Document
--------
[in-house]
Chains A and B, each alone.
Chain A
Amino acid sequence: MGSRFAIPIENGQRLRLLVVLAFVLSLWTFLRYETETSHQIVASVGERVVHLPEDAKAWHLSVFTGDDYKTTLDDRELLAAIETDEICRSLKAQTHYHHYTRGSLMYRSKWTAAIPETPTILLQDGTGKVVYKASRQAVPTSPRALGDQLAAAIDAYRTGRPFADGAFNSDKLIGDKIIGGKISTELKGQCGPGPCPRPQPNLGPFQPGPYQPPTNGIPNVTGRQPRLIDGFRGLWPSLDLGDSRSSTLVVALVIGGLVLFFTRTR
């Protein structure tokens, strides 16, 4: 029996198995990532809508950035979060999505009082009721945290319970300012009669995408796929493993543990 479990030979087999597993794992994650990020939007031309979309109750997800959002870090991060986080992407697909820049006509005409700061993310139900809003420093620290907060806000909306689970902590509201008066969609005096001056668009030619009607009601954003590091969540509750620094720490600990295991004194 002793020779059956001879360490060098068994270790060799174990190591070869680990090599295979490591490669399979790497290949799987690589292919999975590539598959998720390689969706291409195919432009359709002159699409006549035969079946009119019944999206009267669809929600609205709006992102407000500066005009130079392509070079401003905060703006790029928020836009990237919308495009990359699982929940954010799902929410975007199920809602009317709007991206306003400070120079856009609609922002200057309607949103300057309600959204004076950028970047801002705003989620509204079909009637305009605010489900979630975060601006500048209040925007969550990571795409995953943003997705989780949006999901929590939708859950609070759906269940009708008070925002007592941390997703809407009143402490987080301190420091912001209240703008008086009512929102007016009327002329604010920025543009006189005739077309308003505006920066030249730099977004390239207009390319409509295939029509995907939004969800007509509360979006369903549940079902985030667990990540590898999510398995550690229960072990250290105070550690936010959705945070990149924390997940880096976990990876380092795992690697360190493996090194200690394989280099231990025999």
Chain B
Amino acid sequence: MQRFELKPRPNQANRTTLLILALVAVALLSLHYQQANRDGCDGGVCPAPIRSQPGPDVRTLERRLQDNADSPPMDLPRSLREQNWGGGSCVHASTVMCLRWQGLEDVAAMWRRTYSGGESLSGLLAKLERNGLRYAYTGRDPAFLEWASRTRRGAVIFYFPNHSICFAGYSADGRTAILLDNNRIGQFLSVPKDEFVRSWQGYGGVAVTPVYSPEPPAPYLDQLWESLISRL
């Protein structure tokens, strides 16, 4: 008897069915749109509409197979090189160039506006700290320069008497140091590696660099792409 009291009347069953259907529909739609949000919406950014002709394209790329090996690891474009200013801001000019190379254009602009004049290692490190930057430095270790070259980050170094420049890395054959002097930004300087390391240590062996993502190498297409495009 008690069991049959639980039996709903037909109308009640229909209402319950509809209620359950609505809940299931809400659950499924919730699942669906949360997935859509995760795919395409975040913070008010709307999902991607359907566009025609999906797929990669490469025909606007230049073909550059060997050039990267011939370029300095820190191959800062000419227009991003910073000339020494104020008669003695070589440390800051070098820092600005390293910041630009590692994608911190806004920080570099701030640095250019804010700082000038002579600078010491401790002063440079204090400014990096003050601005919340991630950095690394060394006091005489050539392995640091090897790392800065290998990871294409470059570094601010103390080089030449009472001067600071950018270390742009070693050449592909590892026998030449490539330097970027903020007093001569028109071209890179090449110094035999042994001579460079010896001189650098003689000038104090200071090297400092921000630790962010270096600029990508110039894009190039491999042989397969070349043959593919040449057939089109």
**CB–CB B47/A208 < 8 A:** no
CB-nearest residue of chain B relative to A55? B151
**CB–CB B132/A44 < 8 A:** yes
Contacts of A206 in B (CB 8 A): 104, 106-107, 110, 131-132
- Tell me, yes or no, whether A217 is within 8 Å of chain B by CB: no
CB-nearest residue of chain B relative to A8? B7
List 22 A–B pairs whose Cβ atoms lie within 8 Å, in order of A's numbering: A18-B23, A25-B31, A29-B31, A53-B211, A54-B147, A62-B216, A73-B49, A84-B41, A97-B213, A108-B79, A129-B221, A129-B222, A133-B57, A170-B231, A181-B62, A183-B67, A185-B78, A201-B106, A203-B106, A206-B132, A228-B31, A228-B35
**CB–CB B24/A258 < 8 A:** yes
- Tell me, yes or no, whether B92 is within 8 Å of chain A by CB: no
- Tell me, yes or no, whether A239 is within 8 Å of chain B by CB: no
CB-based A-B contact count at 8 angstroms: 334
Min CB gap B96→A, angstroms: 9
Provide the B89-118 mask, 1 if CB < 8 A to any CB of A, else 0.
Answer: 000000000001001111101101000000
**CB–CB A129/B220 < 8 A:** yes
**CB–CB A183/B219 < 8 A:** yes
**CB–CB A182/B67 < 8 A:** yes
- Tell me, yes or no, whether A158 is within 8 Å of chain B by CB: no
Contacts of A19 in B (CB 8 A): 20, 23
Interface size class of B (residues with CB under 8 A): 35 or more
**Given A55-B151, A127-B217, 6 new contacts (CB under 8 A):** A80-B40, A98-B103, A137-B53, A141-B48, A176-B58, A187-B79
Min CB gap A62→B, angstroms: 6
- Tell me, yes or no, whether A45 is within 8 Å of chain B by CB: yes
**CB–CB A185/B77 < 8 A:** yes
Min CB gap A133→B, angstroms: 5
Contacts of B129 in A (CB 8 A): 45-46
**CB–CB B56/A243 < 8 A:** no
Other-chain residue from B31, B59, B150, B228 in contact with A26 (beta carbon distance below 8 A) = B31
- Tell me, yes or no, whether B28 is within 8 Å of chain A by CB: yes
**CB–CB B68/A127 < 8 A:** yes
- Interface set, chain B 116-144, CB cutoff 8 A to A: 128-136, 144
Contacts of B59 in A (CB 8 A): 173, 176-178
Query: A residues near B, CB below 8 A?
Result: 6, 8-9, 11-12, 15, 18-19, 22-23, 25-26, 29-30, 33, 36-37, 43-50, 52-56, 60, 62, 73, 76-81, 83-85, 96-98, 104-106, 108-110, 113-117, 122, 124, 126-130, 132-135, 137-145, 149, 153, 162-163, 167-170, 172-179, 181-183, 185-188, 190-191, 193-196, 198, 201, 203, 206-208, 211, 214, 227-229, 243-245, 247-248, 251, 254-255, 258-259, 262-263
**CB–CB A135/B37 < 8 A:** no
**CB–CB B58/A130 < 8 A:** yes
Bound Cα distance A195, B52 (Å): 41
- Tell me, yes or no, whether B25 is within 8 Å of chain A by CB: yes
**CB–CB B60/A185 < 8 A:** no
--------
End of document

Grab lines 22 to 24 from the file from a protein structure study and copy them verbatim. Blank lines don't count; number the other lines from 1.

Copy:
Answer: 000000000001001111101101000000
**CB–CB A129/B220 < 8 A:** yes
**CB–CB A183/B219 < 8 A:** yes